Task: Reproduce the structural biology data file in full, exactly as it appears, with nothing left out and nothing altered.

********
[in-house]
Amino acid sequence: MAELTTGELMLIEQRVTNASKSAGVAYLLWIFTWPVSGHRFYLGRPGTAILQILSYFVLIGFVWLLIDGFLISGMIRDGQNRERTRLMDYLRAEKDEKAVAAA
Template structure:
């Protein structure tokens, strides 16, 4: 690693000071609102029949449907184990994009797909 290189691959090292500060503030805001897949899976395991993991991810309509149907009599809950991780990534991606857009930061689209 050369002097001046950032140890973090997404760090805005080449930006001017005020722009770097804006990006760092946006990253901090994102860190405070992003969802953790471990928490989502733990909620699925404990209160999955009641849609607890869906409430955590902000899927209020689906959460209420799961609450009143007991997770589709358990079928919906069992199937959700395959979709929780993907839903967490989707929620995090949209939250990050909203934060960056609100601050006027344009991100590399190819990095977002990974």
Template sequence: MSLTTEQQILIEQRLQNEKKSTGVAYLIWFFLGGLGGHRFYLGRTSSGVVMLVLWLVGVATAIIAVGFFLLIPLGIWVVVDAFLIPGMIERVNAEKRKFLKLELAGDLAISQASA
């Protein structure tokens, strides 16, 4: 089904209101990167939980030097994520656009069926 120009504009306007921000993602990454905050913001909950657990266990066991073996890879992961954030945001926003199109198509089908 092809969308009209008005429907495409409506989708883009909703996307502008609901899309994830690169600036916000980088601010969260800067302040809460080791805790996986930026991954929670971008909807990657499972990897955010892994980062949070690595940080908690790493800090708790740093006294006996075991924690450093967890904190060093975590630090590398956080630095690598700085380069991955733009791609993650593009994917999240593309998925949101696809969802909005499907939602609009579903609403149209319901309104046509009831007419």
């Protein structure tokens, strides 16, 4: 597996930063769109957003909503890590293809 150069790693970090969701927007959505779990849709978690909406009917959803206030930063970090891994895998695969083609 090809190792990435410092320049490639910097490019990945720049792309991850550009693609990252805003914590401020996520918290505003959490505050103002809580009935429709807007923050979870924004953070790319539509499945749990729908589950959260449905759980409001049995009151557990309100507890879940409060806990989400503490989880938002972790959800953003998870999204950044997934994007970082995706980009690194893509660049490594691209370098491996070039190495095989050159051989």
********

[in-house]
Amino acid sequence: MAELTTGELMLIEQRVTNASKSAGVAYLLWIFTWPVSGHRFYLGRPGTAILQILSYFVLIGFVWLLIDGFLISGMIRDGQNRERTRLMDYLRAEKDEKAVAAA
Template structure:
């Protein structure tokens, strides 16, 4: 690693000071609102029949449907184990994009797909 290189691959090292500060503030805001897949899976395991993991991810309509149907009599809950991780990534991606857009930061689209 050369002097001046950032140890973090997404760090805005080449930006001017005020722009770097804006990006760092946006990253901090994102860190405070992003969802953790471990928490989502733990909620699925404990209160999955009641849609607890869906409430955590902000899927209020689906959460209420799961609450009143007991997770589709358990079928919906069992199937959700395959979709929780993907839903967490989707929620995090949209939250990050909203934060960056609100601050006027344009991100590399190819990095977002990974």
Template sequence: MSLTTEQQILIEQRLQNEKKSTGVAYLIWFFLGGLGGHRFYLGRTSSGVVMLVLWLVGVATAIIAVGFFLLIPLGIWVVVDAFLIPGMIERVNAEKRKFLKLELAGDLAISQASA
């Protein structure tokens, strides 16, 4: 089904209101990167939980030097994520656009069926 120009504009306007921000993602990454905050913001909950657990266990066991073996890879992961954030945001926003199109198509089908 092809969308009209008005429907495409409506989708883009909703996307502008609901899309994830690169600036916000980088601010969260800067302040809460080791805790996986930026991954929670971008909807990657499972990897955010892994980062949070690595940080908690790493800090708790740093006294006996075991924690450093967890904190060093975590630090590398956080630095690598700085380069991955733009791609993650593009994917999240593309998925949101696809969802909005499907939602609009579903609403149209319901309104046509009831007419």
């Protein structure tokens, strides 16, 4: 597996930063769109957003909503890590293809 150069790693970090969701927007959505779990849709978690909406009917959803206030930063970090891994895998695969083609 090809190792990435410092320049490639910097490019990945720049792309991850550009693609990252805003914590401020996520918290505003959490505050103002809580009935429709807007923050979870924004953070790319539509499945749990729908589950959260449905759980409001049995009151557990309100507890879940409060806990989400503490989880938002972790959800953003998870999204950044997934994007970082995706980009690194893509660049490594691209370098491996070039190495095989050159051989």